top of page

The Elephant Of Grief

I first brought up the analogy of an elephant when I discussed learning of Pete's Stage IV diagnosis and later, I posted about combatting the elephant mid-journey Now, almost 4 weeks since he passed away, I'm ready to discussed the elephant of grief. A lot of its behavior is similar to the elephants that have been with me this whole time. It shows up and fills my bedroom, my car, anywhere I'm by myself. It likes to fill up the whole space, make it so I can't breathe, and oppressively affect my thinking.

Despite all of that, I am working hard to keep my promise to Pete that I would not just survive but thrive through this season. At every turn, I have received encouragement, through friends texting, calling, and messaging me. I have consistently attended more church services in a week than I have in a long time, wanting to grow closer to Him and others, in worship and seeking out hope. I have laughed, cried, mentored others through their grief about Pete or losing a loved one, screamed, wept, and been grateful for the life I had with him. I have sought out encouragement through counseling, mentors, widows, and pastors. I have attended a GriefShare meeting and found some really good podcasts and books. Some days, I feel like all of this is helping me maintain my relationship with God and keeping the elephant at bay. Then, other days, I feel like the elephant is winning.

I have learned so many lessons during this time and I hope that they can be of encouragement to you, whether your elephant is grief or something else.

This Sunday, my pastor spoke on how seasons will end but also what to do to get the most out of each season. He reminded me that current season of such heavy grief will change as Pete's death gets farther and farther away but also that I need to maximize the moments I do have in this current season.

Last week at GriefShare, I felt less isolated because I was in a group with two widowers who lost their wives with so many similarities to Pete's journey. I also discussed the feelings I had after leaving that group with some dear friends.

A widow of suicide recently mentioned to me that I need to walk and get out of the house every day.

I received Pete's ashes on Thursday night and could not emotionally function the next day at work. I gave myself the space to go to our spot in the mountains and scream, wail, cry, and yell. I was never so thankful for strong winds as I was that day so no passerby could hear me.

Another widow friend recently encouraged me that I will make mistakes but to give myself grace because it all is so hard and it sucks. She also reminded me that, whenever an invitation is extended to me, if at all possible, to take it. I had just done that after going reluctantly to a party with a lot of women at it, which was an amazing blessing to my life.

A podcast I listened to this morning talked about the origin of the five stages of grief and how grief isn't linear or logical like that.

A friend of mine who lost her husband five days after I lost Pete reminded me that grief is different 1) for every person and 2) ever-changing.

I thanked a friend for trying to say something to me the first time she saw me after Pete's death but the words wouldn't come out. I told her that it meant the world to me that she understood the levity of that moment, but also communicated how it broke her heart.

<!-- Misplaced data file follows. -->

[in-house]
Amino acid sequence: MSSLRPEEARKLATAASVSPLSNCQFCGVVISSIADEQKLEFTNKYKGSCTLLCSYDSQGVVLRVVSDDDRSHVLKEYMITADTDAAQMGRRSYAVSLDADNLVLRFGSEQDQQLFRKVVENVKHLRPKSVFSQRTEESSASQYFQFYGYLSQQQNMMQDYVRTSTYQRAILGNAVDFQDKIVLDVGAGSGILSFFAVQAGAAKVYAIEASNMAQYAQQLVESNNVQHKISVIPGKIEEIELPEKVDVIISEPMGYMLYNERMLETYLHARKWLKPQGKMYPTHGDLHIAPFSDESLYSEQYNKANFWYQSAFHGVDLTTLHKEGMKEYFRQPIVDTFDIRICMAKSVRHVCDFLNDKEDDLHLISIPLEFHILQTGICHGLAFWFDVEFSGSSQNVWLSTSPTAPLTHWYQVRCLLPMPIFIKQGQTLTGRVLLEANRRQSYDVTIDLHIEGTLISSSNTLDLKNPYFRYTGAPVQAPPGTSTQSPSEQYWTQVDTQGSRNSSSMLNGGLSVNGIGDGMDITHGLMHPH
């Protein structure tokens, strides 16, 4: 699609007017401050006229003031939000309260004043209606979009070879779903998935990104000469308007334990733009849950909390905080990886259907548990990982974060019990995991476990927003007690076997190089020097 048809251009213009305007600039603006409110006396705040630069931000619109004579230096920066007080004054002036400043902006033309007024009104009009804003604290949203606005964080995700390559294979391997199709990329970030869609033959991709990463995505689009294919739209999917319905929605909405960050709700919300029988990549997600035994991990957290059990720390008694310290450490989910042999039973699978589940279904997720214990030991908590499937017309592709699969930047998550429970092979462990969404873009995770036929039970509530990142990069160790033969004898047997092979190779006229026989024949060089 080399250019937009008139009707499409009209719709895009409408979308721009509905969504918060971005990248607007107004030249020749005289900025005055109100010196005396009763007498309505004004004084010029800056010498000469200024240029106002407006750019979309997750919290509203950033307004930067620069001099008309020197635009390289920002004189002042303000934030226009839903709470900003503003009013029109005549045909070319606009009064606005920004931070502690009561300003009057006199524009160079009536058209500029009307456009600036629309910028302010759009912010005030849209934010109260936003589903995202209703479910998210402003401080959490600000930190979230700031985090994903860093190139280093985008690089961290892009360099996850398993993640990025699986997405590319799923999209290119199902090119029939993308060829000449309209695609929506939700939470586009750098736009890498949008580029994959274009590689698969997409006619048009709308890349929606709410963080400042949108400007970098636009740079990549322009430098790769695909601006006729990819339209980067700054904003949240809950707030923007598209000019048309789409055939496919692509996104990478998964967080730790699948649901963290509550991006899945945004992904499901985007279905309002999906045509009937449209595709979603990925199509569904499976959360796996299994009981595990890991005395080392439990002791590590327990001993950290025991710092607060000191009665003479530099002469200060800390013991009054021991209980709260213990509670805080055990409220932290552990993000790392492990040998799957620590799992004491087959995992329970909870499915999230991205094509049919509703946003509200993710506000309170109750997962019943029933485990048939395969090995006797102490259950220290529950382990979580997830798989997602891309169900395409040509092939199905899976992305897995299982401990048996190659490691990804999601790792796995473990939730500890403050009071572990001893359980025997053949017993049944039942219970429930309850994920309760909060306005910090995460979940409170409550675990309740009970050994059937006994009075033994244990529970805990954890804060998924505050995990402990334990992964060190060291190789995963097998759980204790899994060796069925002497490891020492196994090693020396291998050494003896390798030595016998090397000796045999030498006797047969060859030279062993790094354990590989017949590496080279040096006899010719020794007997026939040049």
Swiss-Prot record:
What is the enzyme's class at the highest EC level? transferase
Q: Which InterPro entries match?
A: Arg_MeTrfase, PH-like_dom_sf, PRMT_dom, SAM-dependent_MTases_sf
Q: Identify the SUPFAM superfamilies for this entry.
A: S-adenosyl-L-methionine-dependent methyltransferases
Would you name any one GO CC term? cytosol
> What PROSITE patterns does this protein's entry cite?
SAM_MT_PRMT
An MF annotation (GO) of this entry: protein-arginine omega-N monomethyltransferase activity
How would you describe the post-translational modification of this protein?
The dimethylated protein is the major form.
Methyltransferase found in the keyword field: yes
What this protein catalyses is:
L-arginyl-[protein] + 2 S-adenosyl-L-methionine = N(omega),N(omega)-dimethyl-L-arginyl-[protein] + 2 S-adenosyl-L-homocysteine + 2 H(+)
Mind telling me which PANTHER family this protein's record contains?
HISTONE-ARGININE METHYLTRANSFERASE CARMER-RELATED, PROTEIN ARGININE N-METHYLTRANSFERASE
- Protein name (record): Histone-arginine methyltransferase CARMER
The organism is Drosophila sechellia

I've worked on meeting my daughters where they are in their grief journey. I haven't always done it well but I've asked the tough questions, said I'm sorry when I messed up, and created a space for each of them to grieve their way in any given moment.

Often, when I feel alone, I remind myself 1) that I am not, 2) that God has not and will not ever forsake me and 3) our family is one of the most loved-upon families I've ever known.

I say none of this to pat myself on the back about how "well" I'm dealing with the loss of my closest friend and husband. I just want you all to know that I am so grateful for your influence before and since his death and I am giving that elephant a run for its money.

Please continue to keep all of us in your prayers as they have carried us.


Mandy Lewis Fleming
Mandy Lewis Fleming
Mar 26, 2023

Prayers for you and your family, Shara. Be gentle with yourself...this is a very tough time yet God made you stronger than you know. But you are also going to have low times where you need to release tears, frustration and anger. Allow yourself to go through these times. If you ever need an ear to listen, a shoulder to lean on or a virtual hug, there are many of us that would be honored to be there for you. Keep the faith, my friend.

Unknown member
Mar 26, 2023
Replying to

Thank you, friend!


Mar 14, 2023

Prayers for you to continue to find moments of grace and succor on this terrible road. You are in my prayers.

Unknown member
Mar 14, 2023
Replying to

Thank you!!




Hey - thank you so much for taking the time to read our Stages blog. The fact that you have made it to this page tells us you may be interested in more. That being said, if you want to know more of what Stages is all about, just click this button below and you'll be on your way.

Let the posts
come to you.

Thanks for submitting!

  • Facebook
  • Instagram
  • Twitter
bottom of page